Crutcher, Chris. Staying Fat for Sarah Byrnes. New York: Greenwillow Books, 1993. 216 pages.
Eric Calhoune’s best friend, Sarah Byrnes, is sitting silently in a psychiatric ward and he does not know what to do about it. He wants to help, but she refuses to say a word to anyone. Eric and Sarah became friends in junior high school because they were both outcasts: he was fat and her face and arms were covered in burn scars from when she accidentally dumped a pot of boiling water on herself as a child. Eventually, Sarah begins speaking again, and Eric discovers that she was feigning mental illness in order to escape her deranged father. When Sarah confesses that her father was the one responsible for her injuries, Eric must decide if risking their friendship is worth ensuring Sarah’s safety or if he should leave her to her own stubborn devices.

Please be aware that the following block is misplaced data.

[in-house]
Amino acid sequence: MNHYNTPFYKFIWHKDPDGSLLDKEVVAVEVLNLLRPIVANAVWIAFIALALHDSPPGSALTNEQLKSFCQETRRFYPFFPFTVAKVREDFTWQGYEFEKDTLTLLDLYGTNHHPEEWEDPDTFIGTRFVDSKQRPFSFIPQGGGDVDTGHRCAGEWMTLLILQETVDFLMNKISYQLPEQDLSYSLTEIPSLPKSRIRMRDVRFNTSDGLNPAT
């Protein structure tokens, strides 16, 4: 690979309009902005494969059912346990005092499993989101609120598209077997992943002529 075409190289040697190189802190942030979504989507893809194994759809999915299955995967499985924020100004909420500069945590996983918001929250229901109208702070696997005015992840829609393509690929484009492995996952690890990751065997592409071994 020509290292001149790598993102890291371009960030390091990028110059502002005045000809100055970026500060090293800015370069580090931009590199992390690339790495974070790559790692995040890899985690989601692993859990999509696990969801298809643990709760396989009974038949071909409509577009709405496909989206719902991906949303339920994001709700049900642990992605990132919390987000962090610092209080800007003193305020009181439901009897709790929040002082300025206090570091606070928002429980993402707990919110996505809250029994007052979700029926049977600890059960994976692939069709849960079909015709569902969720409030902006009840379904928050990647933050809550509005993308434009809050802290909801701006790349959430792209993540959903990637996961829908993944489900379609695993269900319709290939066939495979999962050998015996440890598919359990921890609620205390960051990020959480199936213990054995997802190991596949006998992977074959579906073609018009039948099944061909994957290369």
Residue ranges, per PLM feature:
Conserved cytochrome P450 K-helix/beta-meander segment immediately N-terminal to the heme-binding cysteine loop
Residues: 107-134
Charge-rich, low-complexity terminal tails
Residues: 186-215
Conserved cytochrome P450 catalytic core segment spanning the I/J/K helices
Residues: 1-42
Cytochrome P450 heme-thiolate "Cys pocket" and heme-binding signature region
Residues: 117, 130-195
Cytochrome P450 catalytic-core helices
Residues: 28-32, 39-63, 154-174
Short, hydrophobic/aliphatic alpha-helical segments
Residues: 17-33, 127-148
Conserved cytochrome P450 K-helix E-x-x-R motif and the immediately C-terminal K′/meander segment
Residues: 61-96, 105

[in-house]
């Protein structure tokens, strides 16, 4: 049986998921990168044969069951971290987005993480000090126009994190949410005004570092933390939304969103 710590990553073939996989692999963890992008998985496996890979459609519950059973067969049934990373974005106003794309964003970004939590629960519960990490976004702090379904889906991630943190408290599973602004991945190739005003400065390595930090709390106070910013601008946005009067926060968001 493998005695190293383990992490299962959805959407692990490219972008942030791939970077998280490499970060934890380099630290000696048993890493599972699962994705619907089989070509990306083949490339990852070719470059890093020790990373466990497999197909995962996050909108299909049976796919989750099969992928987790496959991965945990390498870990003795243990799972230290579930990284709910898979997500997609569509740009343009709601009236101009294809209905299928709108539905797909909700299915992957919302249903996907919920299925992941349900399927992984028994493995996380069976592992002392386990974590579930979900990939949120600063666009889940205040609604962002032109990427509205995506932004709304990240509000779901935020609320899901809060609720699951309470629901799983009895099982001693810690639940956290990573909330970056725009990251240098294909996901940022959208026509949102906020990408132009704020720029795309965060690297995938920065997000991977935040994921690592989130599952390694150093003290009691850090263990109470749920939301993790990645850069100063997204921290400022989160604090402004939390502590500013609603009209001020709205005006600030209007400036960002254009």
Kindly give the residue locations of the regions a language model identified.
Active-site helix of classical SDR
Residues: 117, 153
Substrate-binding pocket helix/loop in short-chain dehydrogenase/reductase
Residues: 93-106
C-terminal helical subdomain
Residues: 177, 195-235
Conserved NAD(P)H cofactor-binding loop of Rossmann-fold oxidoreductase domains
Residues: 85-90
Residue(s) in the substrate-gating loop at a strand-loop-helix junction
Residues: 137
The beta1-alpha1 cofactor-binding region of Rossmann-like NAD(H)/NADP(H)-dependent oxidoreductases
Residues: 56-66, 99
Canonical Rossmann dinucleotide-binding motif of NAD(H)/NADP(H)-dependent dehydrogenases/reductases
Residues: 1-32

Even though Staying Far for Sarah Byrnes was first published in 1993, it has aged well and is still pertinent to today’s teens. Crutcher has created likeable characters who find themselves thrust into extraordinary situations. While the book has occasional monologues that insert pithy sentiments into the dialogue, they do not take away from the overall message of the book. Some teens may object to them, but many readers may never notice their existence. Staying Fat for Sarah Byrnes is full of interesting plot twists that will keep readers turning the pages as they struggle to piece together what exactly happened to Sarah Byrnes.
The cover features a young man diving into a swimming pool, which truly does not accurately convey the meaning of the book or its complexities. By glancing at the covers, readers will likely assume that the book is solely about swimming, and while swimming is an important aspect of Eric’s life, it is not the point of the book.